According to the U.N., which is investigating the attack, most of the victims were shot at close range, as were Ali's parents and siblings. The attackers appeared to be targeting the most vulnerable people, such as children and the elderly, to terrorize the population.
Despite the discovery of another atrocity following the recent massacre in Huola, Syrian President Bashar al-Assad showed no sign of relinquishing his power. NBC's Andrea Mitchell reports.
In the wake of the attack, Western diplomats warned that Syria is nearing full-blown sectarian civil war that would be catastrophic for the entire Middle East, and urged Russia to end its support for Assad and put pressure on him to stop the bloodshed.
With anti-Assad rebels urging international envoy Kofi Annan to declare his peace plan dead, freeing them from any commitment to the tattered truce, Secretary of State Hillary Clinton said Thursday that the prospect of spiraling violence presented "terrible" danger.
"A civil war in a country that would be driven by sectarian divides ... could then morph into a proxy war in the region because, remember, you have Iran deeply embedded in Syria," Clinton said during a trip to Copenhagen where she urged Moscow to increase pressure on Assad.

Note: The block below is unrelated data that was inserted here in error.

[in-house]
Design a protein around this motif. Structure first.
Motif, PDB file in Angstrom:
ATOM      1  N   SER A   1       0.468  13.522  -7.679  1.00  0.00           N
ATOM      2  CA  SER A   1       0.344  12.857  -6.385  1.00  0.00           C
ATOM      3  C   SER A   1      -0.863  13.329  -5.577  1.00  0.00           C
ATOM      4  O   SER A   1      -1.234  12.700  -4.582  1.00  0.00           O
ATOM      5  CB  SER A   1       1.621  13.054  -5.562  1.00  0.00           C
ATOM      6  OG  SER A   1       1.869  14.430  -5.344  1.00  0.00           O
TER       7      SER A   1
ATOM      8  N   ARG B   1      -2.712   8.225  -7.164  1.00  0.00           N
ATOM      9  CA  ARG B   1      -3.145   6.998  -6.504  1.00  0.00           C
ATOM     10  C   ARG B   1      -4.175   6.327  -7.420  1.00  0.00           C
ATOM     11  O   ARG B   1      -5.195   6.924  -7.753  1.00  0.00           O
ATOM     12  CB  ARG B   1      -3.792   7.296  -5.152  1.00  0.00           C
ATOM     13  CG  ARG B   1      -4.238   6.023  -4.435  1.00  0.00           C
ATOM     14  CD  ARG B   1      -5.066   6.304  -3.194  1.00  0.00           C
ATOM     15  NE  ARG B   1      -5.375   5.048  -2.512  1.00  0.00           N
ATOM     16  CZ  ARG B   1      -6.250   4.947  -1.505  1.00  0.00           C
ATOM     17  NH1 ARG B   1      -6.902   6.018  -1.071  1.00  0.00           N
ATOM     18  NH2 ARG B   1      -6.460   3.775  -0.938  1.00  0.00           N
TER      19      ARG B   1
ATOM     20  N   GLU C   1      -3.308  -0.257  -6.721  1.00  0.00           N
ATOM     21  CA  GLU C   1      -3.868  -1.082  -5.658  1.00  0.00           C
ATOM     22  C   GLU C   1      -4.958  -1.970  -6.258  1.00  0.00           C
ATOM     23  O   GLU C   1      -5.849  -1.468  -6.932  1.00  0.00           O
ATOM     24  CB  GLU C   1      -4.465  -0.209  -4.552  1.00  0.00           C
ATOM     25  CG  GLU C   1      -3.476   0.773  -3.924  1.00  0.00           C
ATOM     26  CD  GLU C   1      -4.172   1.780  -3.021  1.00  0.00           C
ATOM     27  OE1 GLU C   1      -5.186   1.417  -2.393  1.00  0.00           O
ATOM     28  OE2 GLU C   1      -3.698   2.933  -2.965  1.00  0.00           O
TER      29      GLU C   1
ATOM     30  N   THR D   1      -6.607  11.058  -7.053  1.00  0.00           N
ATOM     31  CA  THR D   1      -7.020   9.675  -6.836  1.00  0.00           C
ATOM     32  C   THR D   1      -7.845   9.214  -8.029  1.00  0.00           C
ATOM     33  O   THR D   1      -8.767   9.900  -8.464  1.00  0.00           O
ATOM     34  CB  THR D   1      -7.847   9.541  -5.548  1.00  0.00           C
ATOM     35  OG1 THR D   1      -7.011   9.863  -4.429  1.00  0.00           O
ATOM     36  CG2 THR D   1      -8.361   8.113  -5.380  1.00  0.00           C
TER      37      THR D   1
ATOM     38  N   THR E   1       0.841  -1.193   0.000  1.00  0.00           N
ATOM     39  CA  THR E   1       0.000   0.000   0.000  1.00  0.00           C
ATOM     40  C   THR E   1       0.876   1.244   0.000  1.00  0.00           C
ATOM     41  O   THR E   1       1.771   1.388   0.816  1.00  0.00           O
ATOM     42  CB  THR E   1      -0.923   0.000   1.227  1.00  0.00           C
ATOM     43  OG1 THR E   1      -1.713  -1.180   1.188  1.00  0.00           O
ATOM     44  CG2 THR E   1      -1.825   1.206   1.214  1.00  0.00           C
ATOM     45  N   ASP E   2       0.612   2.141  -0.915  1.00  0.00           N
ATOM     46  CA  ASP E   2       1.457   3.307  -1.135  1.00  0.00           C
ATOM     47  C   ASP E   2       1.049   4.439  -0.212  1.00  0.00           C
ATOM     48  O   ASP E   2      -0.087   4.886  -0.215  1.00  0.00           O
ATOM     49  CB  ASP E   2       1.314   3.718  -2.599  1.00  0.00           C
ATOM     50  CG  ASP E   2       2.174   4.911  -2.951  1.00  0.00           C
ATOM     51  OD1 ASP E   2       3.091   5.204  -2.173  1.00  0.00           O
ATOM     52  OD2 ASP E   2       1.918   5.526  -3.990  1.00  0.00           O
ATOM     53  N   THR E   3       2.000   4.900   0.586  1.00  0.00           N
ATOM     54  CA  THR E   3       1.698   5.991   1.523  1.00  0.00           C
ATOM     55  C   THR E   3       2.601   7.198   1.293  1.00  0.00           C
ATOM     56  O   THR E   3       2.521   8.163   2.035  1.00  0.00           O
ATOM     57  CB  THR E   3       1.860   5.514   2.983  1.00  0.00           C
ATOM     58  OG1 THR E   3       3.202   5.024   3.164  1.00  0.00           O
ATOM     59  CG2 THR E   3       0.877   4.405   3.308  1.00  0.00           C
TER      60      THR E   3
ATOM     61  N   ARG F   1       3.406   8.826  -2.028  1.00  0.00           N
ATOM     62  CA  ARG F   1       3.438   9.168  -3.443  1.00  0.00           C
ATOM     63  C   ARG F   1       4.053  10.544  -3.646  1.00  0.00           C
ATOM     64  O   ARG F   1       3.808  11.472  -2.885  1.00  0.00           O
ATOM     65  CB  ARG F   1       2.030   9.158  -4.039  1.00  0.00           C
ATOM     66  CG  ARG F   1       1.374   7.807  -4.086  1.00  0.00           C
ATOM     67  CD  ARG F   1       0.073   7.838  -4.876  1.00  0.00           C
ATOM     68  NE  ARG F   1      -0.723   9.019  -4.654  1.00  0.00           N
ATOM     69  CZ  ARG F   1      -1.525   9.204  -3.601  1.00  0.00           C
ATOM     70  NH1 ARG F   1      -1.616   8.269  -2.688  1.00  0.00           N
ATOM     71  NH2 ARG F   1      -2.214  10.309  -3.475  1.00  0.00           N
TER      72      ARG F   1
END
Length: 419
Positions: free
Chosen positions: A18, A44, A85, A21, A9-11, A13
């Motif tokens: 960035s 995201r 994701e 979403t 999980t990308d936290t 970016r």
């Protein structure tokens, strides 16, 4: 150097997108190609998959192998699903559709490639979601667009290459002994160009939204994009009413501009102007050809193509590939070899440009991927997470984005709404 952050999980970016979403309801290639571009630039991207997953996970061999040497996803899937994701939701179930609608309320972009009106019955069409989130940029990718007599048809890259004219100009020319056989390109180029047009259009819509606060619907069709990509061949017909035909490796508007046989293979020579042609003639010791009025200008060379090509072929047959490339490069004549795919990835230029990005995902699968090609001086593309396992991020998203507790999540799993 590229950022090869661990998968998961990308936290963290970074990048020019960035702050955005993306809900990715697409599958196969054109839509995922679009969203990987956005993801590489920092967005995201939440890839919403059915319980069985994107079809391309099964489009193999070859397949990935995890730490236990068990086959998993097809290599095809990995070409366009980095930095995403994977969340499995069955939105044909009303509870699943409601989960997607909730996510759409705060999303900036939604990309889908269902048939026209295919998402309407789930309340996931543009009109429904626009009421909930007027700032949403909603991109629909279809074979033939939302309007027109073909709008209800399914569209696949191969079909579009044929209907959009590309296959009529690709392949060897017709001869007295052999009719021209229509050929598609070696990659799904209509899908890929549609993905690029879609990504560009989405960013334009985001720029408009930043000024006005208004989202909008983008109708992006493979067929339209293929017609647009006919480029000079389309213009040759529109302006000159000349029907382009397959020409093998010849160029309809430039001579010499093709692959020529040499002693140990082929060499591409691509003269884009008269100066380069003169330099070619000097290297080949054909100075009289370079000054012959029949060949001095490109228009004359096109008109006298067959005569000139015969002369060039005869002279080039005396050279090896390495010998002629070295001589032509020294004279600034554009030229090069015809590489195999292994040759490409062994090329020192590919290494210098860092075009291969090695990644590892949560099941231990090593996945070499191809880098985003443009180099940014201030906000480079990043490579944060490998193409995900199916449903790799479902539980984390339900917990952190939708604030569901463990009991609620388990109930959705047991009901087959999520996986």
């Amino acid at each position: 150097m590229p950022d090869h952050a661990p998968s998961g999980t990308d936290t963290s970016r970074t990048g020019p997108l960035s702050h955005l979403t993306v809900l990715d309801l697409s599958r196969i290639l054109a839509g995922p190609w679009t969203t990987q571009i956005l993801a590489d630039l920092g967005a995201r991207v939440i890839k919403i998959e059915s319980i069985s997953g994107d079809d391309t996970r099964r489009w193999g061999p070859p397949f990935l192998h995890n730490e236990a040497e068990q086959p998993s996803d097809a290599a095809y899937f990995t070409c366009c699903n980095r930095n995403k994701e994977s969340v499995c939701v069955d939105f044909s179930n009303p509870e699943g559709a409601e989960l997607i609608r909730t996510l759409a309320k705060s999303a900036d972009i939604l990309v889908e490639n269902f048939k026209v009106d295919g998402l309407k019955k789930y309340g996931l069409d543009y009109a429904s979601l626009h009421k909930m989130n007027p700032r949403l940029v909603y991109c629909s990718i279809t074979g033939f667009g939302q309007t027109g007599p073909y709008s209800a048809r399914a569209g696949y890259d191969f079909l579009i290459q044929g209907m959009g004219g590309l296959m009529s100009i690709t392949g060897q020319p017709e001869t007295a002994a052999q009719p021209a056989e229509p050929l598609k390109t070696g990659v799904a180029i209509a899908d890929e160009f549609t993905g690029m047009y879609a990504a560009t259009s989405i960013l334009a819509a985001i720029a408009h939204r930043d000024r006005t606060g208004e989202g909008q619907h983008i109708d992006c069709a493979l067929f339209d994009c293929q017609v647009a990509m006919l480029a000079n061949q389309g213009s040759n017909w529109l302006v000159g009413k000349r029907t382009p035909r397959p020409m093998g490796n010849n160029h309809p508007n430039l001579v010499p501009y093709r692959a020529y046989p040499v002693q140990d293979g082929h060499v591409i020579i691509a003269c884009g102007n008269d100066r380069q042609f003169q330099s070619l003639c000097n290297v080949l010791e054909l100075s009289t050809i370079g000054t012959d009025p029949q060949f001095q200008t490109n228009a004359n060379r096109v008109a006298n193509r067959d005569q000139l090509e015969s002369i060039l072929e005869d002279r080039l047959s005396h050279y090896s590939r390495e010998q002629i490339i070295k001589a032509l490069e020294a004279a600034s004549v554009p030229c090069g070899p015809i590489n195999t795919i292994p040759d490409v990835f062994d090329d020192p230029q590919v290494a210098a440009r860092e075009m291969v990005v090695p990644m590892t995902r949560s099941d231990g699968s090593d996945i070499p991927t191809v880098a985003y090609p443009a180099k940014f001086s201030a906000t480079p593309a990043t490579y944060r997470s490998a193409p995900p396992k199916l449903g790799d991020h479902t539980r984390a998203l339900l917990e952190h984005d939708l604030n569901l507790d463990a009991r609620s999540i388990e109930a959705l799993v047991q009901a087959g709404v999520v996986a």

Russia, like China, has vetoed two Security Council resolutions calling for tougher action against Damascus, while stressing hopes that Annan's plan can spur a political solution. Washington called a reported shipment of Russian arms to Syria "reprehensible" although not illegal.
"The Russians keep telling us they want to do everything they can to avoid a civil war because they believe that the violence would be catastrophic," Clinton said.
"I think they are in effect propping up the regime at a time when we should be working on a political transition."